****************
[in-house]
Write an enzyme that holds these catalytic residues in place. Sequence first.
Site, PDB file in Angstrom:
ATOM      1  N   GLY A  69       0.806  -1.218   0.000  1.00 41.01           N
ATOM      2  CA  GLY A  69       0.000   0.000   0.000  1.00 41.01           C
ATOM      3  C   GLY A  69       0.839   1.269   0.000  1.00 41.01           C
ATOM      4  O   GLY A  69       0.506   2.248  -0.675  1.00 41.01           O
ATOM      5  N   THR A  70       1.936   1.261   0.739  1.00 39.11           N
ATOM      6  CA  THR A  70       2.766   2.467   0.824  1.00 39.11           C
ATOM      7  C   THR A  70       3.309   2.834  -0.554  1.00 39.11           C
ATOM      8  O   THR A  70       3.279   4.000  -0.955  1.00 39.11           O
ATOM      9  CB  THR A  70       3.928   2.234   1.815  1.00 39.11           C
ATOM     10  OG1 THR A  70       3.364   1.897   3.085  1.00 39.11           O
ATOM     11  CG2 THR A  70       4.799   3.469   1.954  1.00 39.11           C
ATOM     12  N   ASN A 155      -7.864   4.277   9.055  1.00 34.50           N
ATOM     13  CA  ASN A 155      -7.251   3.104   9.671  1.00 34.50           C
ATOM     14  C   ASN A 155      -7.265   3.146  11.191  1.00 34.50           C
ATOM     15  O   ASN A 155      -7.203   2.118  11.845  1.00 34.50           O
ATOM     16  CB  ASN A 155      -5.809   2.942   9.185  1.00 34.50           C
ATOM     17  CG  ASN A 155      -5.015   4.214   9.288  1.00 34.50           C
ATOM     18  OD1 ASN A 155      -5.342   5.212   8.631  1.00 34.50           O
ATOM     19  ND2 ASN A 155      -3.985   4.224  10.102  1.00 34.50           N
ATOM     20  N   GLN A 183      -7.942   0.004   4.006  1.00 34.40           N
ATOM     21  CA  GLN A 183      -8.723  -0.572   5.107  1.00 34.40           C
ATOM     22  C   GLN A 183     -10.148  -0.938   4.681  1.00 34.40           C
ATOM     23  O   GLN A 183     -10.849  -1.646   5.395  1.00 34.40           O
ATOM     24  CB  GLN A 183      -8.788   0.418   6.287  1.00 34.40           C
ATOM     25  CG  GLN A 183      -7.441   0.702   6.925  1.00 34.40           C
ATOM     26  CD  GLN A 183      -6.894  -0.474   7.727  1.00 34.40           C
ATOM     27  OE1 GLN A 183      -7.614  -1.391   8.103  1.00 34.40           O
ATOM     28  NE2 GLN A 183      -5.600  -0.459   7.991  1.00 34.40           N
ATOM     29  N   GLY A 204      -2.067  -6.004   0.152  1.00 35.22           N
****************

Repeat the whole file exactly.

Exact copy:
[in-house]
Write an enzyme that holds these catalytic residues in place. Sequence first.
Site, PDB file in Angstrom:
ATOM      1  N   GLY A  69       0.806  -1.218   0.000  1.00 41.01           N
ATOM      2  CA  GLY A  69       0.000   0.000   0.000  1.00 41.01           C
ATOM      3  C   GLY A  69       0.839   1.269   0.000  1.00 41.01           C
ATOM      4  O   GLY A  69       0.506   2.248  -0.675  1.00 41.01           O
ATOM      5  N   THR A  70       1.936   1.261   0.739  1.00 39.11           N
ATOM      6  CA  THR A  70       2.766   2.467   0.824  1.00 39.11           C
ATOM      7  C   THR A  70       3.309   2.834  -0.554  1.00 39.11           C
ATOM      8  O   THR A  70       3.279   4.000  -0.955  1.00 39.11           O
ATOM      9  CB  THR A  70       3.928   2.234   1.815  1.00 39.11           C
ATOM     10  OG1 THR A  70       3.364   1.897   3.085  1.00 39.11           O
ATOM     11  CG2 THR A  70       4.799   3.469   1.954  1.00 39.11           C
ATOM     12  N   ASN A 155      -7.864   4.277   9.055  1.00 34.50           N
ATOM     13  CA  ASN A 155      -7.251   3.104   9.671  1.00 34.50           C
ATOM     14  C   ASN A 155      -7.265   3.146  11.191  1.00 34.50           C
ATOM     15  O   ASN A 155      -7.203   2.118  11.845  1.00 34.50           O
ATOM     16  CB  ASN A 155      -5.809   2.942   9.185  1.00 34.50           C
ATOM     17  CG  ASN A 155      -5.015   4.214   9.288  1.00 34.50           C
ATOM     18  OD1 ASN A 155      -5.342   5.212   8.631  1.00 34.50           O
ATOM     19  ND2 ASN A 155      -3.985   4.224  10.102  1.00 34.50           N
ATOM     20  N   GLN A 183      -7.942   0.004   4.006  1.00 34.40           N
ATOM     21  CA  GLN A 183      -8.723  -0.572   5.107  1.00 34.40           C
ATOM     22  C   GLN A 183     -10.148  -0.938   4.681  1.00 34.40           C
ATOM     23  O   GLN A 183     -10.849  -1.646   5.395  1.00 34.40           O
ATOM     24  CB  GLN A 183      -8.788   0.418   6.287  1.00 34.40           C
ATOM     25  CG  GLN A 183      -7.441   0.702   6.925  1.00 34.40           C
ATOM     26  CD  GLN A 183      -6.894  -0.474   7.727  1.00 34.40           C
ATOM     27  OE1 GLN A 183      -7.614  -1.391   8.103  1.00 34.40           O
ATOM     28  NE2 GLN A 183      -5.600  -0.459   7.991  1.00 34.40           N
ATOM     29  N   GLY A 204      -2.067  -6.004   0.152  1.00 35.22           N